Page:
Christmas is in a few weeks, and right now many of us are poring over Pinterest, looking for the perfect dish to serve our families on the big day. Some of us will cook turkey, some will order a ham and the vegetarians among us will serve... something. Is there a standard veg staple that everyone turns to for Christmas Day? If there is, please enlighten me.
For my family, I always bring a huge dish of macaroni and cheese, the ultimate hearty expression of love that even the Grinch himself could not resist. Given that Melt: the Art of Macaroni and Cheese just came out, I've got a new favorite for the celebration table. One sentence: a lusciously melty homemade macaroni and cheese gratin, baked in a sugar pumpkin with rosemary, sage, thyme and Italian sausage.
This baked macaroni and cheese recipe was made for your holiday table, given that it takes very little actual work. Seriously, this is one of the easiest dishes in the book. Check it out: You scrape out a pumpkin, bake it, fill it with herbs, shredded cheese, cooked pasta and crumbled sausage, then finish in the oven to melt everything together. That's it. You can even prepare the macaroni part the day before. Just shred the cheese, cook the pasta and sausage, then combine and stick in the refrigerator. A few hours before dinner, pre-bake your pumpkin, drop in the filling, and finish the dish in the oven while everyone sits around sipping egg nog and watching Yule Log on public access. Voila! An epic Christmas recipe that takes not very much time to prepare.
Then there's the visual splendor of this dish, which is unlike any other. Imagine the looks on your family's faces when you walk out of the kitchen carrying a whole steaming pumpkin, the aromas of rosemary, sage, thyme and melty cheese swirling about the room. When you serve this gorgeous squash-bound gratin, you simply stick a big spoon in the middle and stir, scraping out swathes of sweet, baked pumpkin as you serve. I don't use the word often, but this dish is magnificent.
Here we use Fontina and Gruyère, two old-school cheeses that can be found almost anywhere and are well-known for both their gorgeous flavors and melting capabilities. The cheeses are flexible here, though, so you can use whatever you've got on hand. You can use all Fontina, all Gruyère, or even use all cheddar cheese, Monterey Jack, Swiss cheese or any combination thereof. I've made this dish with half Jarlsberg and half Monterey Jack, and it was incredible. We even made a vegetarian version with aged cheddar -- whatever they had handy at Trader Joe's -- along with Soyrizo and chopped, canned chipotle pepper. It was a show-stopper.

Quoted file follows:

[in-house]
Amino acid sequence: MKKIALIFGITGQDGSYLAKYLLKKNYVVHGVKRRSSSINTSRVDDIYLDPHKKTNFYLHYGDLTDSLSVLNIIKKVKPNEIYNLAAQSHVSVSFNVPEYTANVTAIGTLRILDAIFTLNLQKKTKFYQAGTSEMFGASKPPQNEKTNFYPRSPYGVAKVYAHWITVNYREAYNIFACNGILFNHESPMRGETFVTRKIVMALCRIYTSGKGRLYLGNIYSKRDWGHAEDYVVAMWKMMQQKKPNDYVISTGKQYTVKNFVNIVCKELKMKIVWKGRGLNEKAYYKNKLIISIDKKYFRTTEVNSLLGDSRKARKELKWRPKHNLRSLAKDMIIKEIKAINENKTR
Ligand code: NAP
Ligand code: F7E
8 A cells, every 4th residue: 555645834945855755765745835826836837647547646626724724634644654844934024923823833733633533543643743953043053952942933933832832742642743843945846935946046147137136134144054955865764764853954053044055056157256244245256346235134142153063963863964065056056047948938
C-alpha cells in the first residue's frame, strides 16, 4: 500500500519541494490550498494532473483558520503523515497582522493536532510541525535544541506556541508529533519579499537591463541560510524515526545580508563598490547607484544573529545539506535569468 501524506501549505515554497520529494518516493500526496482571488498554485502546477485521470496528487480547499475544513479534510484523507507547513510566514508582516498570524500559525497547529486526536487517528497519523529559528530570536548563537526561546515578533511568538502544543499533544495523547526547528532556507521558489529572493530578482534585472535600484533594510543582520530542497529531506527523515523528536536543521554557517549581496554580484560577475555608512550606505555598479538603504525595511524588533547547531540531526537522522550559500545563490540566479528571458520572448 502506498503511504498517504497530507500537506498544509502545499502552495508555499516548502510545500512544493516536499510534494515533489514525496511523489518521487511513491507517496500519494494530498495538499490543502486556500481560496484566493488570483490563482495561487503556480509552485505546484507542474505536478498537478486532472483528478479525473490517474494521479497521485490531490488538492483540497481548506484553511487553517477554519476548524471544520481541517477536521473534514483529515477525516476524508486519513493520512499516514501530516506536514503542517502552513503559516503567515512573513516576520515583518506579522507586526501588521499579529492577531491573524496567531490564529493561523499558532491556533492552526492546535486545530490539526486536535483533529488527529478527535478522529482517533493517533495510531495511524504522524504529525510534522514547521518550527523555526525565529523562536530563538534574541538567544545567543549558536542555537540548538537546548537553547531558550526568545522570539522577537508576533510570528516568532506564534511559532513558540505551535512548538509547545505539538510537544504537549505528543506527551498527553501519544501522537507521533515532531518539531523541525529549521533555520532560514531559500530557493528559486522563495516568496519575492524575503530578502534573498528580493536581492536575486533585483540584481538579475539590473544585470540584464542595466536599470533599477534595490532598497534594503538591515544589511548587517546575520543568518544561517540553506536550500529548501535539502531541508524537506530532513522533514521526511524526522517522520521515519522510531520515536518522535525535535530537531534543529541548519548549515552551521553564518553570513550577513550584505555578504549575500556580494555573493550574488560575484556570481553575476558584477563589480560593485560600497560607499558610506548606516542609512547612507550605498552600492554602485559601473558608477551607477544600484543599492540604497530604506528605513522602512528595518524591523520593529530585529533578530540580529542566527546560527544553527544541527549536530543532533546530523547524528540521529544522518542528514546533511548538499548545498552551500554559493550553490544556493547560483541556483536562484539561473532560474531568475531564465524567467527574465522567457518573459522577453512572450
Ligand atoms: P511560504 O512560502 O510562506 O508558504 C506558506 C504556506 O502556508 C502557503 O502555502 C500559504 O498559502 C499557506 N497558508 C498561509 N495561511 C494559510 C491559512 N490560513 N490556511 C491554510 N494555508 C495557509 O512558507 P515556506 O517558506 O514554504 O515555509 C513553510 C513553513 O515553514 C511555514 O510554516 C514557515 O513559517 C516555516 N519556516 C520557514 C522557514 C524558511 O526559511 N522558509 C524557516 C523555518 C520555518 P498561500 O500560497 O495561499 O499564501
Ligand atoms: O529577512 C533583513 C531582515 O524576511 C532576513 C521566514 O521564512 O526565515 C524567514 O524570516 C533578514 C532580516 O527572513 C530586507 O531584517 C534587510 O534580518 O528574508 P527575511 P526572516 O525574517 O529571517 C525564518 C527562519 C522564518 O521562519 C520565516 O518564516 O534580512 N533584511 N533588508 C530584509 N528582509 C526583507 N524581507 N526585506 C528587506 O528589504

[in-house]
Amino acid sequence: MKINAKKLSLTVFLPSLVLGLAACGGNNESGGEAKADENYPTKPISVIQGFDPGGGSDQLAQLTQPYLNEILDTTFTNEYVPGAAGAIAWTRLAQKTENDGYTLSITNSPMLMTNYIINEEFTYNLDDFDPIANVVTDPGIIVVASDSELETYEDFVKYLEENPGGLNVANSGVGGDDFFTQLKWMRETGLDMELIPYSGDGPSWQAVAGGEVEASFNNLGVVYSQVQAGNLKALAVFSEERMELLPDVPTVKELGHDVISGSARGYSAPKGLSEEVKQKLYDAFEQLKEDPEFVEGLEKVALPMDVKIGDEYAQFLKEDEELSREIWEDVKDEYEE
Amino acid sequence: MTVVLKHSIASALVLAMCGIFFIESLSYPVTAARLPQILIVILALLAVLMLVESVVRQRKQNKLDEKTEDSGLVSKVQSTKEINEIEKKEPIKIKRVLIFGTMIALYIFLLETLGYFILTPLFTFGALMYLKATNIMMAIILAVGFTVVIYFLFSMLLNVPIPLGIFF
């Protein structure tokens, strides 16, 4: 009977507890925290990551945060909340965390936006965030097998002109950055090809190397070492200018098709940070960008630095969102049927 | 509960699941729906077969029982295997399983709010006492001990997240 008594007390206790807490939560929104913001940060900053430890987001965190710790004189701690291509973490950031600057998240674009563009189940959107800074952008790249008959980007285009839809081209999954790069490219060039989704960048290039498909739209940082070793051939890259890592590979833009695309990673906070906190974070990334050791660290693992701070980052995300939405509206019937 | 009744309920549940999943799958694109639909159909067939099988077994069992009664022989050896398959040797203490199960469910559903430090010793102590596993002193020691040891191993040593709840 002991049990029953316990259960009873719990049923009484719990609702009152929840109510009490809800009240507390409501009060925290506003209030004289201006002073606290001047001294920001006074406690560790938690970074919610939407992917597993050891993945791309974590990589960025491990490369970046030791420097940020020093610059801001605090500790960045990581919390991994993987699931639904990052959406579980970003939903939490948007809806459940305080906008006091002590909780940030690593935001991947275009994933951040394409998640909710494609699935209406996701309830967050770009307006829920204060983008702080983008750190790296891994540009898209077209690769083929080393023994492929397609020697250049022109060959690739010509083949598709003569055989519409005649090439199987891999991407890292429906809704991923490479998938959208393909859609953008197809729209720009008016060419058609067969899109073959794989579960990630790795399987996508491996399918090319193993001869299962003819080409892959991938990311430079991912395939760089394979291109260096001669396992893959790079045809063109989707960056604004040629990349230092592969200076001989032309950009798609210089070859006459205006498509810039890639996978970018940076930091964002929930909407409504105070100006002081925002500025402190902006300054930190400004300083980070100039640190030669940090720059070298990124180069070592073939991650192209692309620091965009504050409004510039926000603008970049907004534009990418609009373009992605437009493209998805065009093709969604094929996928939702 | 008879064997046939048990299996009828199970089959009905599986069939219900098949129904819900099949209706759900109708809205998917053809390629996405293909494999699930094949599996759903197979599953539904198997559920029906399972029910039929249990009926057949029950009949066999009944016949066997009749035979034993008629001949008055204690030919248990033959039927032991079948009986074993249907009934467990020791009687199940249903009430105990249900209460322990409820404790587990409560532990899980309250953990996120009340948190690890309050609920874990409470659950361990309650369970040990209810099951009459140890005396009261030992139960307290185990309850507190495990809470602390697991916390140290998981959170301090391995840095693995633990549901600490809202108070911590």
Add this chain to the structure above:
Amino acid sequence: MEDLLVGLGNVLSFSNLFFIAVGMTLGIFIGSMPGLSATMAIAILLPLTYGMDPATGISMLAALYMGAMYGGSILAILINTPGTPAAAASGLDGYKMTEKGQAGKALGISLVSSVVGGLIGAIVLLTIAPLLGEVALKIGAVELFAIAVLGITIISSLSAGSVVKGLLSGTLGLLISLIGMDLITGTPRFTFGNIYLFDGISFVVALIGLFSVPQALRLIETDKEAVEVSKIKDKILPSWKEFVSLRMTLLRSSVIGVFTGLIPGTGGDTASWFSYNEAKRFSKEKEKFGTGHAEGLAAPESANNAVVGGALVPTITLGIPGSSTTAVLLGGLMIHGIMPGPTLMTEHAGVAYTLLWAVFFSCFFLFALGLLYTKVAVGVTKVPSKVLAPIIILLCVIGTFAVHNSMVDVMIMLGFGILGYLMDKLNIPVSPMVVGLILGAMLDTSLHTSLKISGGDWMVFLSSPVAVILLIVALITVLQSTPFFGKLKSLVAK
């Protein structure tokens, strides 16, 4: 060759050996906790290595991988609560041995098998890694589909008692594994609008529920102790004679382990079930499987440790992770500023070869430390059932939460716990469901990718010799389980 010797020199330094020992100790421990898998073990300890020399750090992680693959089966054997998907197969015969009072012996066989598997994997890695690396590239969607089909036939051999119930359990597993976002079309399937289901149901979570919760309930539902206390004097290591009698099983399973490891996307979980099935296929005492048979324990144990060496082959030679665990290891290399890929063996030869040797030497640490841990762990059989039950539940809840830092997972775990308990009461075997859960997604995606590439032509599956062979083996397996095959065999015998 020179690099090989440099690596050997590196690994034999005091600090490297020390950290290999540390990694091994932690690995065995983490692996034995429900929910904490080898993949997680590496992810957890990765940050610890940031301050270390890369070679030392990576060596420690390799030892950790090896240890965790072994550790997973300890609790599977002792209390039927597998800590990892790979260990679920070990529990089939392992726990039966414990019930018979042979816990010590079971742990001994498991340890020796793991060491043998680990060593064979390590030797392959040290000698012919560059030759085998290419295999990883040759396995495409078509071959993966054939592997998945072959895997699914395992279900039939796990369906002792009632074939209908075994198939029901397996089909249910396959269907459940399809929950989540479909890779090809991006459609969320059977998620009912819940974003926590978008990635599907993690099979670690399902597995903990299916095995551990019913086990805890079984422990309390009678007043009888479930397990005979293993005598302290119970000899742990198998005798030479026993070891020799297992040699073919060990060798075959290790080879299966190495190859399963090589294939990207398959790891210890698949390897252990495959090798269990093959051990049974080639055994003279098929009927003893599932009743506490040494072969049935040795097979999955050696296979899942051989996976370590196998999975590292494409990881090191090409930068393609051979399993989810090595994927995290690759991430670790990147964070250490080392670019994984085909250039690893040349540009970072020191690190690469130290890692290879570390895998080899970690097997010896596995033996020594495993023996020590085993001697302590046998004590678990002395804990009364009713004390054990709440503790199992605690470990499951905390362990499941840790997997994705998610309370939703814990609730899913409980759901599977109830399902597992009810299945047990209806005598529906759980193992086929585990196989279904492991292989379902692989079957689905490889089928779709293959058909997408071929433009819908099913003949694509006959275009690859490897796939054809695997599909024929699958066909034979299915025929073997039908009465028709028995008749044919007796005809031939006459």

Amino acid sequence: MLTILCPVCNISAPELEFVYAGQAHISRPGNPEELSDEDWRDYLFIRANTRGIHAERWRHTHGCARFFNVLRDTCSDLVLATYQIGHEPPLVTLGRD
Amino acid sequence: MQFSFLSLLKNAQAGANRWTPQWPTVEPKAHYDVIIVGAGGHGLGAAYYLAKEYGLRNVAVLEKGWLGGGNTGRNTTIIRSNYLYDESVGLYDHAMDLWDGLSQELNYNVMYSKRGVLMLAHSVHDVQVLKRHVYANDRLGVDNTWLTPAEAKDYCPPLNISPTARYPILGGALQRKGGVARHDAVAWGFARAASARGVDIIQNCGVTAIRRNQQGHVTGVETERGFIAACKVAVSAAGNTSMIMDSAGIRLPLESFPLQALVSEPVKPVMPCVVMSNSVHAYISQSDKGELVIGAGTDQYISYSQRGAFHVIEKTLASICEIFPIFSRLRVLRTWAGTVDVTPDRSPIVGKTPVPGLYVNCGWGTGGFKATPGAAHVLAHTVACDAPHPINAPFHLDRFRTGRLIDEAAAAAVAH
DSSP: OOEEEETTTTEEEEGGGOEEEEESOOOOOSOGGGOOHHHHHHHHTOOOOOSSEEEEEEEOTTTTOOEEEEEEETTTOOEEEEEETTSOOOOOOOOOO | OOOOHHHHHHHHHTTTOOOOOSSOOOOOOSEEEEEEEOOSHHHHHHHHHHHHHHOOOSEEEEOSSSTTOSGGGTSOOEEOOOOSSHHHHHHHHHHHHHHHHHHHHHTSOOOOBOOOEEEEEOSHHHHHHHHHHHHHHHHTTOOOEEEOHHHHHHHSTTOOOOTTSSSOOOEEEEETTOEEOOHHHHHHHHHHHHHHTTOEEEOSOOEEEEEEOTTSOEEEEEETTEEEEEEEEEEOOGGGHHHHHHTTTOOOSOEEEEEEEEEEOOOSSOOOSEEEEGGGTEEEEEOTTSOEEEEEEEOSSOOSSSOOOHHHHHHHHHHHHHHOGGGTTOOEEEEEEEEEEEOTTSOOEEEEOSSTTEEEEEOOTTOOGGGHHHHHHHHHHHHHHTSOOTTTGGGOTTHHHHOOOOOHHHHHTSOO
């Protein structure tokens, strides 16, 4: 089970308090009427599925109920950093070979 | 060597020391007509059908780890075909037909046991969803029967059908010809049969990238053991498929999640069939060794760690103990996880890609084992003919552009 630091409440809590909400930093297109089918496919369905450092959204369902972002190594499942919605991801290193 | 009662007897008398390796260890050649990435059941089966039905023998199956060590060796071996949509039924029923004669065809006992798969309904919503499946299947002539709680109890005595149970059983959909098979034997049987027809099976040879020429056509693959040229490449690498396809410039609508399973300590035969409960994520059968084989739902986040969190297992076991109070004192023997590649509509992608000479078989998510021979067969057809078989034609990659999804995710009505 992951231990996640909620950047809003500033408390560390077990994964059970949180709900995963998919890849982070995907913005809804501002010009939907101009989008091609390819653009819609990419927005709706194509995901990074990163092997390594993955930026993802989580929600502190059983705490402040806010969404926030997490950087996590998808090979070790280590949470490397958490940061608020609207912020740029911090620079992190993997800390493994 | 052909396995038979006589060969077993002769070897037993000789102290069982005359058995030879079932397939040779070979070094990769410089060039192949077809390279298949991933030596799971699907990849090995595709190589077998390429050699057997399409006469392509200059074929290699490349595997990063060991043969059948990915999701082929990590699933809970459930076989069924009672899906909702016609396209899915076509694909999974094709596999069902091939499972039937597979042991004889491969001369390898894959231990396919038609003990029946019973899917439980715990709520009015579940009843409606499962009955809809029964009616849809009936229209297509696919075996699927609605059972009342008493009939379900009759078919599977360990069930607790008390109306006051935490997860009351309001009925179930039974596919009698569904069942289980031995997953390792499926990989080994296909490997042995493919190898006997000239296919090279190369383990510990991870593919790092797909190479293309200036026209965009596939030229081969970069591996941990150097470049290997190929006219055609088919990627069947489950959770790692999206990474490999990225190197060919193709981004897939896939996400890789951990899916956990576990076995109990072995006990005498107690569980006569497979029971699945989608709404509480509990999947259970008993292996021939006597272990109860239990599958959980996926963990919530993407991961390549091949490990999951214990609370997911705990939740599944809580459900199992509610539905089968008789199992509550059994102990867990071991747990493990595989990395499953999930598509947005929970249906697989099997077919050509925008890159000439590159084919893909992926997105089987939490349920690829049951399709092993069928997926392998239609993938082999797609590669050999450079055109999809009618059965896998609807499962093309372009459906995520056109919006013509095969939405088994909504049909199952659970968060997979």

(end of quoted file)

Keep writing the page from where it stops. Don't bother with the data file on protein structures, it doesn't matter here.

My goal was to create a silky, stringy macaroni and cheese gratin, baked in a pumpkin, making for a truly special cheese experience with a little something special. This is my Christmas gift to you. I hope you enjoy it.
Baked Macaroni and Cheese in A PumpkinFrom Melt: the Art of Macaroni and Cheese
Baked inside a pumpkin -- a trick inspired by Dorie Greenspan and Ruth Reichl -- this recipe simply knocked my socks off with its flavor and stylish yet homey presentation. The cheeses are flexible here, so you can use whatever you've got on hand. For a vegetarian version, I recommend using Kerrygold Dubliner cheddar, Soyrizo vegan sausage and coarsely-chopped, canned chipotle peppers.
1 sugar pumpkin, or other sweet variety (not a carving pumpkin), about 5 pounds
Freshly ground black pepper
1 tablespoon olive oil
¼ pound mild Italian pork sausage
4 ounces elbow macaroni
5 ounces Fontina, cut into ¼-inch cubes
2 ounces Gruyère, cut into ¼-inch cubes
3 scallions, diced
1 teaspoon chopped fresh rosemary
1 teaspoon chopped fresh thyme
1 teaspoon chopped fresh sage
1 cup heavy cream
1. Preheat the oven to 350°F. Cut a circle from the top of the pumpkin at a 45-degree angle, the way you would cut open a pumpkin to make a jack-o'-lantern, and set aside.
2. Scoop out the seeds and strings as best you can. Generously salt and pepper the inside of the pumpkin, pop the top back on it, place it on a rimmed baking dish (since the pumpkin may leak or weep a bit), and bake for 45 minutes.
3. Meanwhile, heat the olive oil in a sauté pan over medium heat. If the sausages are in their casings, remove the meat and discard the casings. Crumble the sausage meat into small chunks and cook until lightly browned. Remove the sausage from the pan with a slotted spoon and set aside to cool. Discard the drippings, or save for gravy or what have you.
4. Also while the pumpkin bakes, cook the pasta in a large pot of salted boiling water until al dente. Drain through a colander and rinse with cool water to stop the cooking process.
In a bowl, toss together the Fontina, Gruyère, sausage, pasta, scallions and herbs.
5. Once the pumpkin is done baking, take it out of the oven and fill it with the macaroni and cheese. Pour the cream over the filling. Place the top back on the pumpkin and bake for one hour, taking the top off for the last 15 minutes so the cheese on top of the filling can properly brown. If the top cream still seems a bit too wobbly and liquid, give it another 10 minutes in the oven. The cream may bubble over a bit, which is fine.
6. If the pumpkin splits while baking, as occasionally happens, be thankful you set it in a rimmed baking dish and continue to bake as normal.
7. Allow the pumpkin to rest for 10 minutes before serving. Be careful moving the dish, as the pumpkin may be fragile. You can serve this dish two ways: Cut it into sections and serve them, or just scoop out the insides with scrapings of the pumpkin flesh for each serving. Either way is just dandy. Salt and pepper to taste.
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